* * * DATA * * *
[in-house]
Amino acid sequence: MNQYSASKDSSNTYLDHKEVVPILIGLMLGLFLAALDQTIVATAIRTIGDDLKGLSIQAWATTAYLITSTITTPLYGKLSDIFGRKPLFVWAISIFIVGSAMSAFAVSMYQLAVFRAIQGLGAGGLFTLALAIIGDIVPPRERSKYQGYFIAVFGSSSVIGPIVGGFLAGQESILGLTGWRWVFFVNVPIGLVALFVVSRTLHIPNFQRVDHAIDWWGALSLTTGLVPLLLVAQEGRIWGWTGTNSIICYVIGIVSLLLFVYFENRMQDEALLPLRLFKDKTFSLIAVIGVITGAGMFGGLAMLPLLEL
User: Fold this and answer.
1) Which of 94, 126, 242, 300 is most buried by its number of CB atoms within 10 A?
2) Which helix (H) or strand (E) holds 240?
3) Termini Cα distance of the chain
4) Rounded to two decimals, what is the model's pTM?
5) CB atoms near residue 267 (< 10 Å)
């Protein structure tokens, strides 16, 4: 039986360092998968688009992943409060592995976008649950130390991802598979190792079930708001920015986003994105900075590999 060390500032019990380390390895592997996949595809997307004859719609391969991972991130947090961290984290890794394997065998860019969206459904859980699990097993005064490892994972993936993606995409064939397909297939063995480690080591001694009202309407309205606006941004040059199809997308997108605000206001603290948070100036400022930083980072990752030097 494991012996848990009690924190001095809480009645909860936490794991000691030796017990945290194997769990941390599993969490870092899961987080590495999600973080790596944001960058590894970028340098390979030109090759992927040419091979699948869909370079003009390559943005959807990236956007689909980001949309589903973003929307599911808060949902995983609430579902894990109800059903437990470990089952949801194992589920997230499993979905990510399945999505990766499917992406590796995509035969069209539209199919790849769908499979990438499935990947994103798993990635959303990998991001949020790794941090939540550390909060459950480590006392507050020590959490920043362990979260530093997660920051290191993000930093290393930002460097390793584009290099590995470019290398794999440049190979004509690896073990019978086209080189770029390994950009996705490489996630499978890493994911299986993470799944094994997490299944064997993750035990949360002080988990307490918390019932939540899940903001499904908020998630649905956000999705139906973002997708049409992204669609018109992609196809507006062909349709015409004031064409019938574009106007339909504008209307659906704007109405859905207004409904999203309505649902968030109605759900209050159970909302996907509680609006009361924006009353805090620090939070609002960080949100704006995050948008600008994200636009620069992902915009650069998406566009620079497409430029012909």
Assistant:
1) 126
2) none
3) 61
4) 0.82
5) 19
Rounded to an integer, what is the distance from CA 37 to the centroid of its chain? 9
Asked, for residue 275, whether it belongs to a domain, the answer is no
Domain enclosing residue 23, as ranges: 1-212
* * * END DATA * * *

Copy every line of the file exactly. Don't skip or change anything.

[in-house]
Amino acid sequence: MNQYSASKDSSNTYLDHKEVVPILIGLMLGLFLAALDQTIVATAIRTIGDDLKGLSIQAWATTAYLITSTITTPLYGKLSDIFGRKPLFVWAISIFIVGSAMSAFAVSMYQLAVFRAIQGLGAGGLFTLALAIIGDIVPPRERSKYQGYFIAVFGSSSVIGPIVGGFLAGQESILGLTGWRWVFFVNVPIGLVALFVVSRTLHIPNFQRVDHAIDWWGALSLTTGLVPLLLVAQEGRIWGWTGTNSIICYVIGIVSLLLFVYFENRMQDEALLPLRLFKDKTFSLIAVIGVITGAGMFGGLAMLPLLEL
User: Fold this and answer.
1) Which of 94, 126, 242, 300 is most buried by its number of CB atoms within 10 A?
2) Which helix (H) or strand (E) holds 240?
3) Termini Cα distance of the chain
4) Rounded to two decimals, what is the model's pTM?
5) CB atoms near residue 267 (< 10 Å)
């Protein structure tokens, strides 16, 4: 039986360092998968688009992943409060592995976008649950130390991802598979190792079930708001920015986003994105900075590999 060390500032019990380390390895592997996949595809997307004859719609391969991972991130947090961290984290890794394997065998860019969206459904859980699990097993005064490892994972993936993606995409064939397909297939063995480690080591001694009202309407309205606006941004040059199809997308997108605000206001603290948070100036400022930083980072990752030097 494991012996848990009690924190001095809480009645909860936490794991000691030796017990945290194997769990941390599993969490870092899961987080590495999600973080790596944001960058590894970028340098390979030109090759992927040419091979699948869909370079003009390559943005959807990236956007689909980001949309589903973003929307599911808060949902995983609430579902894990109800059903437990470990089952949801194992589920997230499993979905990510399945999505990766499917992406590796995509035969069209539209199919790849769908499979990438499935990947994103798993990635959303990998991001949020790794941090939540550390909060459950480590006392507050020590959490920043362990979260530093997660920051290191993000930093290393930002460097390793584009290099590995470019290398794999440049190979004509690896073990019978086209080189770029390994950009996705490489996630499978890493994911299986993470799944094994997490299944064997993750035990949360002080988990307490918390019932939540899940903001499904908020998630649905956000999705139906973002997708049409992204669609018109992609196809507006062909349709015409004031064409019938574009106007339909504008209307659906704007109405859905207004409904999203309505649902968030109605759900209050159970909302996907509680609006009361924006009353805090620090939070609002960080949100704006995050948008600008994200636009620069992902915009650069998406566009620079497409430029012909």
Assistant:
1) 126
2) none
3) 61
4) 0.82
5) 19
Rounded to an integer, what is the distance from CA 37 to the centroid of its chain? 9
Asked, for residue 275, whether it belongs to a domain, the answer is no
Domain enclosing residue 23, as ranges: 1-212